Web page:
The CBI FIR booked 20 police officers including former Gujarat DGP K R Kaushik on charges of murder and criminal conspiracy and under sections of Arms Act. Chargesheets were filed against eight Gujarat police officers. Besides Vanzara and Amin, the others were P P Pandey (who retired as Gujarat police chief), G L Singhal, Tarun Barot, Anaju Chaudhary, J G Parmar and Mohan Kalasava (who died in 2007) for murder, abduction, destruction of evidence and other charges. Also chargesheeted were four IB officials — retired Special Director Rajinder Kumar who was Joint Director of the Subsidiary Intelligence Bureau (SIB) in Gujarat at the time of the encounter, besides T Mittal, M K Sinha and Rajiv Wankhede — for criminal conspiracy to abduct and illegally confine four people killed in a fake encounter. The chargesheet against them did not stand when the MHA refused to clear their prosecution.

On what grounds has the prosecution faced criticism?
Questions have been raised by Shamima Kauser’s counsel on the prosecution seeking sanction for prosecuting Vanzara and Amin when the court had already refused to discharge them in August 2018 saying their role was “greater” than that of former DGP P P Pandey, who was the first to be discharged in February 2018. Kauser’s counsel also argued against defining the carrying out of police encounters as “part of official duty”.

Pandey was discharged on the grounds that key witnesses had made contradictory statements and that the CBI had not sought prior sanction to prosecute him. In the case of Vanzara and Amin, however, the court while refusing to discharge them also asked the CBI whether it would seek sanction for their prosecution, which the agency did.

Discharge is dealt with under Section 227 of CrPC: “If, upon consideration of the record of the case and the documents submitted therewith, and after hearing the submissions of the accused and the prosecution in this behalf, the judge considers that there is not sufficient ground for proceeding against the accused, he shall discharge the accused and record his reasons for so doing.” Given that there remains no new evidence to be presented, if either CBI or the victim chooses to approach a higher court, the case would largely rely on how the higher court exercises Section 227.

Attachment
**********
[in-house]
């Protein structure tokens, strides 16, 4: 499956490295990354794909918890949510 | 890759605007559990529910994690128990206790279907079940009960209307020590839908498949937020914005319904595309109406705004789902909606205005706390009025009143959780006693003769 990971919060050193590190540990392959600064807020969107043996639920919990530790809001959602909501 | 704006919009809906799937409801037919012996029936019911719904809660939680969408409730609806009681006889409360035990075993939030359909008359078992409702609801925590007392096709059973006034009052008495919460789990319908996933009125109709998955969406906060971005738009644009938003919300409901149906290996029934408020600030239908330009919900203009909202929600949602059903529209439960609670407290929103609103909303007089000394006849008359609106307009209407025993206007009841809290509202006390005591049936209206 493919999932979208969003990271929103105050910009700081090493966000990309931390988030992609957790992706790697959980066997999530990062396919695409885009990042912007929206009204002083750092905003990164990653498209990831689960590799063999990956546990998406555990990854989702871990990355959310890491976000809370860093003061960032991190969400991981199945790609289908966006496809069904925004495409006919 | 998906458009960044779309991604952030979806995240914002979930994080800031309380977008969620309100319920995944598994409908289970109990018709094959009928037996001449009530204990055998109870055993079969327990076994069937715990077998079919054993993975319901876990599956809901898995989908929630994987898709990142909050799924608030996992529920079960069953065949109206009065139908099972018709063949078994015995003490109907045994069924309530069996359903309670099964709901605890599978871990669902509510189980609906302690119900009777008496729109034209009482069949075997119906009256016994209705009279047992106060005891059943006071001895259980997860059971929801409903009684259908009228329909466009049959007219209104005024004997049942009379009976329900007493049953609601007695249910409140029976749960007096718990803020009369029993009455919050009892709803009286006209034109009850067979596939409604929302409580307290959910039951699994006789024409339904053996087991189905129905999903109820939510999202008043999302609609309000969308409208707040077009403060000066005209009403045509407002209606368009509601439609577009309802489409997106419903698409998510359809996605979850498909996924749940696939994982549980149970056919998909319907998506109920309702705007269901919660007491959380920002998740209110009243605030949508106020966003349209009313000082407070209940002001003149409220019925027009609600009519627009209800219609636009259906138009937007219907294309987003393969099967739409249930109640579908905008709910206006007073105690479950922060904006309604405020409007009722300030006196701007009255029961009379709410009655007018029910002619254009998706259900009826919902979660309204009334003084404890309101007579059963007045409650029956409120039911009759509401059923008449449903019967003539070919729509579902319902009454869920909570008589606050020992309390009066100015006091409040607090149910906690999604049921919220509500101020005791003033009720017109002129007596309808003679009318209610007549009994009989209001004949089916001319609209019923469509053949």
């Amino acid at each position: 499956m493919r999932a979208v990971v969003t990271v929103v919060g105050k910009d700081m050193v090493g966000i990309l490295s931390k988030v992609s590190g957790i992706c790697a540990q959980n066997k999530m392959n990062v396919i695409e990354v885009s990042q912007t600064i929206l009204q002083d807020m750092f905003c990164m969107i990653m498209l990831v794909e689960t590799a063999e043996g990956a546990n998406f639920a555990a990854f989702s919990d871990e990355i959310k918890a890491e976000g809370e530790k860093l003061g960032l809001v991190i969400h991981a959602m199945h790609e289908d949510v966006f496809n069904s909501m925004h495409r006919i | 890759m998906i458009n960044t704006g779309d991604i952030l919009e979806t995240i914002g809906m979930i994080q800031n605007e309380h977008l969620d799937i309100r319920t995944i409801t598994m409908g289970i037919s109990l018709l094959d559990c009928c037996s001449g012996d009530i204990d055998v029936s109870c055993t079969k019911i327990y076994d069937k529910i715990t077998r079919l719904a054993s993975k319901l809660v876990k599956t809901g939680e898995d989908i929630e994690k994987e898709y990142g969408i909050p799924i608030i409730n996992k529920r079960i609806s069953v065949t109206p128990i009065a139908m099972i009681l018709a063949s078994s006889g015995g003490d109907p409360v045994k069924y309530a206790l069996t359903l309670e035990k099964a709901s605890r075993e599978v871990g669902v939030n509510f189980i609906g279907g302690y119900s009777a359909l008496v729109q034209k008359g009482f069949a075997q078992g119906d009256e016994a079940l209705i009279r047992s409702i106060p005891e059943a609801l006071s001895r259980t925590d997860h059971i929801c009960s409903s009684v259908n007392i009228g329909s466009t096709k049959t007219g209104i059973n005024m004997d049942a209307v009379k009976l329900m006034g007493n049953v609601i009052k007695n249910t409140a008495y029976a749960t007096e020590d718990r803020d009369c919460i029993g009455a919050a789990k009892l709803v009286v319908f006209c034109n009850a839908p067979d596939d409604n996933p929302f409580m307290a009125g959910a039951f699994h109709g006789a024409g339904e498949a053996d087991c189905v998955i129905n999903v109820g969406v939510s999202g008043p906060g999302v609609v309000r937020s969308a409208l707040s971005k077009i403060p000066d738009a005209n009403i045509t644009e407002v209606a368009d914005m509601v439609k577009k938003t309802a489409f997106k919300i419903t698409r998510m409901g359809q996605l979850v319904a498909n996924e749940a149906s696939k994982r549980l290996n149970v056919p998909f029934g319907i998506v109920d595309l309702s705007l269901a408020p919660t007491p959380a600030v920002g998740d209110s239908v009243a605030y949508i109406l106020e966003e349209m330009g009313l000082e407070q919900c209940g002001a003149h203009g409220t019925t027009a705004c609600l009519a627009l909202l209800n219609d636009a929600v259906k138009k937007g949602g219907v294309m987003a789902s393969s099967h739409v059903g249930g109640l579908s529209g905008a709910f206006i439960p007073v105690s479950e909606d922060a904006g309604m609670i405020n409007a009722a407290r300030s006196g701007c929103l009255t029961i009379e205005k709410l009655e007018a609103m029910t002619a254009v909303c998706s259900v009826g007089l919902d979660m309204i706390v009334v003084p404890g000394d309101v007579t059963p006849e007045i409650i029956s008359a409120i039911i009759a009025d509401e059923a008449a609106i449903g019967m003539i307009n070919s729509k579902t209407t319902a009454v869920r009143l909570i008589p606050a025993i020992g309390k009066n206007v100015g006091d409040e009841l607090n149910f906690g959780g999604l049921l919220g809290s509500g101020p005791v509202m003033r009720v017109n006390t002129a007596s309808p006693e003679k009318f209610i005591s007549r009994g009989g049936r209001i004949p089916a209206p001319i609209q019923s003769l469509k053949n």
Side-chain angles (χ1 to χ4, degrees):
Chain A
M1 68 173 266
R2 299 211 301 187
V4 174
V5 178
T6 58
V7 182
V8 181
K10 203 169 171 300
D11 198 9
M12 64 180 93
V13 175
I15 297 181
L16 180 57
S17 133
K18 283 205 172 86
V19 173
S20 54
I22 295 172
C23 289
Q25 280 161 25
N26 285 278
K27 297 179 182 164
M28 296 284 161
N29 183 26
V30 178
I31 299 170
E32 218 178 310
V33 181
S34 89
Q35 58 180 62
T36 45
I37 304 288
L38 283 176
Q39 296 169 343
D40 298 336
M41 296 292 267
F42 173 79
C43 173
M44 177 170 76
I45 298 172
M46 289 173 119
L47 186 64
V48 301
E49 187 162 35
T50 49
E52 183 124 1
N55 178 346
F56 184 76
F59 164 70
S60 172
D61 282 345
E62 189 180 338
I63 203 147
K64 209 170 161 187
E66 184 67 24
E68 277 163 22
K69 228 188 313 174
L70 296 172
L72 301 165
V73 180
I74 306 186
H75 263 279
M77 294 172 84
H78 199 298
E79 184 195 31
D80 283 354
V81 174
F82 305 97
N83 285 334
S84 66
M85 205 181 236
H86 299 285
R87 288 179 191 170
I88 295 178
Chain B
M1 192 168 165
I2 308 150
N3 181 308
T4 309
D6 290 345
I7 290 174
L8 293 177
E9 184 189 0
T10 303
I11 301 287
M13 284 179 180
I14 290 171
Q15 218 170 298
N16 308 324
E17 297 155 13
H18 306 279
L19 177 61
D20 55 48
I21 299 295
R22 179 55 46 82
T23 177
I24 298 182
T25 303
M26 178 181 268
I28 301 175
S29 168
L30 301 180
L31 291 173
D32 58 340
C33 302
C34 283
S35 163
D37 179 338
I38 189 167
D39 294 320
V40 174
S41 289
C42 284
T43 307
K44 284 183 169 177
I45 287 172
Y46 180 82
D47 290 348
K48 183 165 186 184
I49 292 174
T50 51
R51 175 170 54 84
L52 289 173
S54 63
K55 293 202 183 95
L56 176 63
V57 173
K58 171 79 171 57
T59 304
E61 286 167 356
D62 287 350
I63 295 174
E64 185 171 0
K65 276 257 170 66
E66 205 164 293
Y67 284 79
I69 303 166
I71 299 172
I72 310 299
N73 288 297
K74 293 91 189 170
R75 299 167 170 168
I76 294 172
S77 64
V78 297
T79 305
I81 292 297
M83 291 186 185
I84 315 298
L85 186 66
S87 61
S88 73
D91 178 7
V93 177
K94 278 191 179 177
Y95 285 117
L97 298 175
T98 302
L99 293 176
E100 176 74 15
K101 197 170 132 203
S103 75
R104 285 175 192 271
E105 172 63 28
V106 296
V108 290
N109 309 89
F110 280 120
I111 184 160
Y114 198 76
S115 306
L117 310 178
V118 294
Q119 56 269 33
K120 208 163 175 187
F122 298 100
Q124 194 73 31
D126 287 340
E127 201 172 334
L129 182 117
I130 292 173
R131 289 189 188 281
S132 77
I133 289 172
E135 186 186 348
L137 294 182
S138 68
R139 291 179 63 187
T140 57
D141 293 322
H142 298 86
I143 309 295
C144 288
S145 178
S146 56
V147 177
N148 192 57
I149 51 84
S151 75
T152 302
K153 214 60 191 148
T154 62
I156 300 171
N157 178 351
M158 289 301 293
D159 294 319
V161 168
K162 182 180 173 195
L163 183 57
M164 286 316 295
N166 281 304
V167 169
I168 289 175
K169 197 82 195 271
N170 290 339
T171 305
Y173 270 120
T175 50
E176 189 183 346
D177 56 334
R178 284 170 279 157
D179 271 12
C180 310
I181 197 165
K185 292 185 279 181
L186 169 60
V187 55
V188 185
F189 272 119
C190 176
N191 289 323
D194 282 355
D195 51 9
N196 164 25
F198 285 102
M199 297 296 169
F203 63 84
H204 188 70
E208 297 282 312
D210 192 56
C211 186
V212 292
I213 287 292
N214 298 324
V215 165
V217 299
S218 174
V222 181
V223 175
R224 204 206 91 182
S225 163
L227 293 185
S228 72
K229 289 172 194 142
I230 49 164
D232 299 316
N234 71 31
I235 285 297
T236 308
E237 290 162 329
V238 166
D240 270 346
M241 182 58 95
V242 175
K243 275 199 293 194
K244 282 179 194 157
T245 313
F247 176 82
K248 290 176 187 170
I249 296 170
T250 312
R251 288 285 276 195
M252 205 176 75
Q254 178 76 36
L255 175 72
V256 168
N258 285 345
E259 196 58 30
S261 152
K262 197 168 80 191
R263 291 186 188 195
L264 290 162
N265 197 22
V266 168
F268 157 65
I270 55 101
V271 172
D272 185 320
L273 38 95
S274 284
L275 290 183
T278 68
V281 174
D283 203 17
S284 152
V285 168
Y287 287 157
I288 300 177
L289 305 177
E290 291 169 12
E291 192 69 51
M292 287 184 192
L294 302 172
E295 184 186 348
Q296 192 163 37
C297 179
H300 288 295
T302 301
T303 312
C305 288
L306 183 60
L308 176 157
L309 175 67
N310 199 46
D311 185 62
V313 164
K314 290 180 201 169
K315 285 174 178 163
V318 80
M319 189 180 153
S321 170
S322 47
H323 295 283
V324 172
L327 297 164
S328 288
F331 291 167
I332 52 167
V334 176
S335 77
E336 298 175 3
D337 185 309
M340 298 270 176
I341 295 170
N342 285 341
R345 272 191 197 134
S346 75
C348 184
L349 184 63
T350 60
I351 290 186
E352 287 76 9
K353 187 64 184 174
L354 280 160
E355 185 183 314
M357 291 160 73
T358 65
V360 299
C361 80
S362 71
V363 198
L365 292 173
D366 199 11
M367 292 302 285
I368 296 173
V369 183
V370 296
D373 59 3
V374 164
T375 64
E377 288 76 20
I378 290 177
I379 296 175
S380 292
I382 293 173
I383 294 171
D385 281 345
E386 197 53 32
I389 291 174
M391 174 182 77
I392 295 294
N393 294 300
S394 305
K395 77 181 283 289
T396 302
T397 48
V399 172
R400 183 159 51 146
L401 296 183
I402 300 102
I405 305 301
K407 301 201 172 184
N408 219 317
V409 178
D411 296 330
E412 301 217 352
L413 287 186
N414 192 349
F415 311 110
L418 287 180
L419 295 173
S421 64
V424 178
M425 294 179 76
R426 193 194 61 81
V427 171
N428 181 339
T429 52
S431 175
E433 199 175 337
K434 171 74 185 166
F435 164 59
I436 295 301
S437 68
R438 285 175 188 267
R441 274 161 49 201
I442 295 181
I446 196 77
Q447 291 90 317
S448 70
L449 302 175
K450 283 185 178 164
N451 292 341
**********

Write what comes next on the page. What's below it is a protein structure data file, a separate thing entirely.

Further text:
What about the other accused policemen?
Four other policemen are out on bail and were reinstated, some of them having retired. They are Singhal, Parmar, Barot and Chaudhary. They will now be tried by the special CBI court. Singhal was promoted as IGP earlier this year and heads the Commando Training Centre in Gandhinagar. If they file discharge pleas as well, the course of trial will take a route similar to that of Vanzara and Amin. In case of no discharge plea, charges will be framed by the court.

Does Thursday’s development finally mean the end of the road for the Ishrat Jahan case?
No. Shamima Kauser or the CBI can challenge the CBI court’s order in a higher court. The appeal period is 60 days for the CBI and 90 days for the victim. Shamima’s legal representative told this newspaper that they do plan to approach the Gujarat HC but only after they see the order. Meanwhile, the other accused who are out on bail in the case can seek discharge on grounds of parity.

What is the status of other encounter cases in which Vanzara and Amin were involved?
Vanzara has been discharged in the other encounter cases — those of Sohrabuddin Sheikh and Tulsiram Prajapati. Amin too was an accused in the Sohrabuddin case and has been discharged.

(Adapted from The Indian Express)